Tropical Cyclone Occurrences in the Vicinity of Hawaii: Are the Differences between El Niño and Non–El Niño Years Significant?

Pao-Shin Chu Department of Meteorology, School of Ocean and Earth Science and Technology, University of Hawaii, Honolulu, Hawaii

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Jianxin Wang Department of Meteorology, School of Ocean and Earth Science and Technology, University of Hawaii, Honolulu, Hawaii

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Abstract

Tropical cyclones in the vicinity of Hawaii are rare. However, when they occurred, they caused enormous property damage. The authors have examined historical records (1949–95) of cyclones and classified them into El Niño and non–El Niño batches. A bootstrap resampling method is used to simulate sampling distributions of the annual mean number of tropical cyclones for the above two batches individually. The statistical characteristics for the non–El Niño batch are very different from the El Niño batch.

A two-sample permutation procedure is then applied to conduct statistical tests. Results from the hypothesis testing indicate that the difference in the annual mean number of cyclones between El Niño and non–El Niño batches is statistically significant at the 5% level. Therefore, one may say with statistical confidence that the mean number of cyclones in the vicinity of Hawaii during an El Niño year is higher than that during a non–El Niño year. Likewise, the difference in variances between El Niño and non–El Niño batches is also significant. Cyclone tracks passing Hawaii during the El Niño batch appear to be different from those of the non–El Niño composite. A change in large-scale dynamic and thermodynamic environments is believed to be conducive to the increased cyclone incidence in the vicinity of Hawaii during an El Niño year.

Corresponding author address: Dr. Pao-Shin Chu, Department of Meteorology, School of Ocean and Earth Science and Technology University of Hawaii at Manoa, 2525 Correa Road, HIG, Honolulu, HI 96822.

Email: chu@soest.hawaii.edu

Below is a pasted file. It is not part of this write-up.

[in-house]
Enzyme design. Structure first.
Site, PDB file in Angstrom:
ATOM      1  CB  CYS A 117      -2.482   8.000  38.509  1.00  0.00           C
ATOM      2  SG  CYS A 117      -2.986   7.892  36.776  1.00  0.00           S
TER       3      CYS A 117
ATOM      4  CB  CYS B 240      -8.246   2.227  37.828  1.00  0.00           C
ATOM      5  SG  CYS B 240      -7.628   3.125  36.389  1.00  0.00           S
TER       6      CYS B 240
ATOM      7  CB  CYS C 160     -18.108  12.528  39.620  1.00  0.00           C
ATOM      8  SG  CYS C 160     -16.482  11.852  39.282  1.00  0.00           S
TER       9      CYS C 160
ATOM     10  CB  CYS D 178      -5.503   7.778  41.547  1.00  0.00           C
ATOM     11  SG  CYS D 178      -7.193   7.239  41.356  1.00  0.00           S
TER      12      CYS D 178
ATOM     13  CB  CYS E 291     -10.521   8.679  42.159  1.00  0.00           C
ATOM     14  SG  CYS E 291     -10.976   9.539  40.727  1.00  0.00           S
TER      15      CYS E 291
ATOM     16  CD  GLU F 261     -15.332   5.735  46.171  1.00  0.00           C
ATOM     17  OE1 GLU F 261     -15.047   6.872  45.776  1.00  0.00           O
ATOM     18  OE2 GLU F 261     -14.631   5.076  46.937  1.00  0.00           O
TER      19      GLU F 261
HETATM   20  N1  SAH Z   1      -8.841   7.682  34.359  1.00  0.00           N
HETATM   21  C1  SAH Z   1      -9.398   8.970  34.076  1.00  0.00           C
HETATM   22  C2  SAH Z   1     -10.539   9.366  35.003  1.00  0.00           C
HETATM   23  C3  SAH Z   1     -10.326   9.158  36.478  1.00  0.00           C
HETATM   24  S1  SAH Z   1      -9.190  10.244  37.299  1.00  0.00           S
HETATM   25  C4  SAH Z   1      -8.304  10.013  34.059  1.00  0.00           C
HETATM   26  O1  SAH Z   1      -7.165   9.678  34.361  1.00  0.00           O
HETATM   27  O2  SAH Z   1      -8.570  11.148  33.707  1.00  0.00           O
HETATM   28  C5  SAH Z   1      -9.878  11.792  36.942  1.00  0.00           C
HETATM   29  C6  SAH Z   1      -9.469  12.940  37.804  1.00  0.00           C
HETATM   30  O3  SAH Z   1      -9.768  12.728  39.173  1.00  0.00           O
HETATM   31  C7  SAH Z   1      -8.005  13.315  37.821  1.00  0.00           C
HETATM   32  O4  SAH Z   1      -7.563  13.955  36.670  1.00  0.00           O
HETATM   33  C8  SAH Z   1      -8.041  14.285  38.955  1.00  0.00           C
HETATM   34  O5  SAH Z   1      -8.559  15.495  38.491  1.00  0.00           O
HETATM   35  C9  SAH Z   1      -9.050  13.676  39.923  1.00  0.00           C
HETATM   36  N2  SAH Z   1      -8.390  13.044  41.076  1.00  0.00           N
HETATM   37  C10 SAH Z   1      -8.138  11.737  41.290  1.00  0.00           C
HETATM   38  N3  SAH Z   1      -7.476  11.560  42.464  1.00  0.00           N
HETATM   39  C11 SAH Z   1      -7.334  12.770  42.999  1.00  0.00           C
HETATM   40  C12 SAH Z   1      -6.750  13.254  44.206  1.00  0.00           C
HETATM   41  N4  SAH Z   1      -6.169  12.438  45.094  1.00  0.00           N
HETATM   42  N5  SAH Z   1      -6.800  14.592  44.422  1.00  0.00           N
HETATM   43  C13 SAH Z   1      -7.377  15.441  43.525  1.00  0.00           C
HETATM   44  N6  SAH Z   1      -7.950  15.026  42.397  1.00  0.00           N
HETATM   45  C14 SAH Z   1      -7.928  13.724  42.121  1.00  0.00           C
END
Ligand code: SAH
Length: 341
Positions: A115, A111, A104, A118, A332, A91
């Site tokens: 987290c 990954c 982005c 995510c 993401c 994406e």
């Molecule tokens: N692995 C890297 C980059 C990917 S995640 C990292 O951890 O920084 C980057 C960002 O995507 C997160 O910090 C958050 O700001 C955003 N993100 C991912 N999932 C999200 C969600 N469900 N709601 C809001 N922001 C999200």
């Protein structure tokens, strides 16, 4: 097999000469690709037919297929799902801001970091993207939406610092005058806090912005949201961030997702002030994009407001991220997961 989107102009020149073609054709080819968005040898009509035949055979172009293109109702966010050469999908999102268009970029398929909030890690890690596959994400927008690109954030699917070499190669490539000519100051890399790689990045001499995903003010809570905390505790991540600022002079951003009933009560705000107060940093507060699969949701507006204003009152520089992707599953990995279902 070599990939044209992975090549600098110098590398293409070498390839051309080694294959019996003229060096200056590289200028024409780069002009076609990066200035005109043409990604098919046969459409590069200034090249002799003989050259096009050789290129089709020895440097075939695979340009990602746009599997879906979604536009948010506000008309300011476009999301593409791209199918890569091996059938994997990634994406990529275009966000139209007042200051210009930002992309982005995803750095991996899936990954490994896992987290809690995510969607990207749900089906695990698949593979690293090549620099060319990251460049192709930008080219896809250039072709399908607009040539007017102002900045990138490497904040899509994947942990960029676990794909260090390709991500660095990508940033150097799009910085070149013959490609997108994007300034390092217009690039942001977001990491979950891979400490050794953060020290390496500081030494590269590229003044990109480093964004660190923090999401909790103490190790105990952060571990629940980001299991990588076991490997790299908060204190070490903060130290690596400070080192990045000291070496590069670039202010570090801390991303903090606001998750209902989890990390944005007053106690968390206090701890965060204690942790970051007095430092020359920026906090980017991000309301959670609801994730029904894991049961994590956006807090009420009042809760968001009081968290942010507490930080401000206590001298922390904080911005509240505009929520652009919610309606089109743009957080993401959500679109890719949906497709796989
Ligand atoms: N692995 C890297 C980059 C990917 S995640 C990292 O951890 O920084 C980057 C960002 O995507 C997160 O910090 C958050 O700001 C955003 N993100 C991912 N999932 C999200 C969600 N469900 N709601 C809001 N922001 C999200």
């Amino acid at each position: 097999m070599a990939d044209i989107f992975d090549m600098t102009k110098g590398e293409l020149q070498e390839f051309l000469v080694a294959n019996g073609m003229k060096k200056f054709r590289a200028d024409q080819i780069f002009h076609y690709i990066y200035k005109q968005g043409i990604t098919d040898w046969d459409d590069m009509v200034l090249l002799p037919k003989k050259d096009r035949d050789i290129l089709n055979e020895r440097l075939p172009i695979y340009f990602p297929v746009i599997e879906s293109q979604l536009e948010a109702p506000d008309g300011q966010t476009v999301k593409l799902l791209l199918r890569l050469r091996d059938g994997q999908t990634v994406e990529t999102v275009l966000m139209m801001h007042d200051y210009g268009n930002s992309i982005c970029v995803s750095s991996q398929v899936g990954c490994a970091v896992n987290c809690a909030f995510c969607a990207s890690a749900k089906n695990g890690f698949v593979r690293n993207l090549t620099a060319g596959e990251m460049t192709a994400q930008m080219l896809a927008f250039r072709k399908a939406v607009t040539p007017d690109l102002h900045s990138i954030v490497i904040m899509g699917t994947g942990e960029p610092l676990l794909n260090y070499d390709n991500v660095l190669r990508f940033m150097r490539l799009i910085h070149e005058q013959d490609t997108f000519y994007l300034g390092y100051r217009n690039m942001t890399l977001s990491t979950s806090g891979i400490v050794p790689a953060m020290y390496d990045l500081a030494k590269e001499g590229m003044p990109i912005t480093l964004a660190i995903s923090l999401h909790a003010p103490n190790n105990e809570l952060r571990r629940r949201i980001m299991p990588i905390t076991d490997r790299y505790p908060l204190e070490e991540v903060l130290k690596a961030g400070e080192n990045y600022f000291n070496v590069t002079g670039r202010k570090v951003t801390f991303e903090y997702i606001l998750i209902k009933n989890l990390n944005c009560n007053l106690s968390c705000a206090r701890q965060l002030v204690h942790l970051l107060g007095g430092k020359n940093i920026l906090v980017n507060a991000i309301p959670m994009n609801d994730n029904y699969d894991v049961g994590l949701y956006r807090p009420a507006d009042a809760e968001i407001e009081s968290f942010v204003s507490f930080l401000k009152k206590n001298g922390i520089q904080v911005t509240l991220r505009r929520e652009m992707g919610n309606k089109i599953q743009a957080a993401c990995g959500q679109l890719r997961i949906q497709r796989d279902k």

Abstract

Tropical cyclones in the vicinity of Hawaii are rare. However, when they occurred, they caused enormous property damage. The authors have examined historical records (1949–95) of cyclones and classified them into El Niño and non–El Niño batches. A bootstrap resampling method is used to simulate sampling distributions of the annual mean number of tropical cyclones for the above two batches individually. The statistical characteristics for the non–El Niño batch are very different from the El Niño batch.

A two-sample permutation procedure is then applied to conduct statistical tests. Results from the hypothesis testing indicate that the difference in the annual mean number of cyclones between El Niño and non–El Niño batches is statistically significant at the 5% level. Therefore, one may say with statistical confidence that the mean number of cyclones in the vicinity of Hawaii during an El Niño year is higher than that during a non–El Niño year. Likewise, the difference in variances between El Niño and non–El Niño batches is also significant. Cyclone tracks passing Hawaii during the El Niño batch appear to be different from those of the non–El Niño composite. A change in large-scale dynamic and thermodynamic environments is believed to be conducive to the increased cyclone incidence in the vicinity of Hawaii during an El Niño year.

Corresponding author address: Dr. Pao-Shin Chu, Department of Meteorology, School of Ocean and Earth Science and Technology University of Hawaii at Manoa, 2525 Correa Road, HIG, Honolulu, HI 96822.

Email: chu@soest.hawaii.edu

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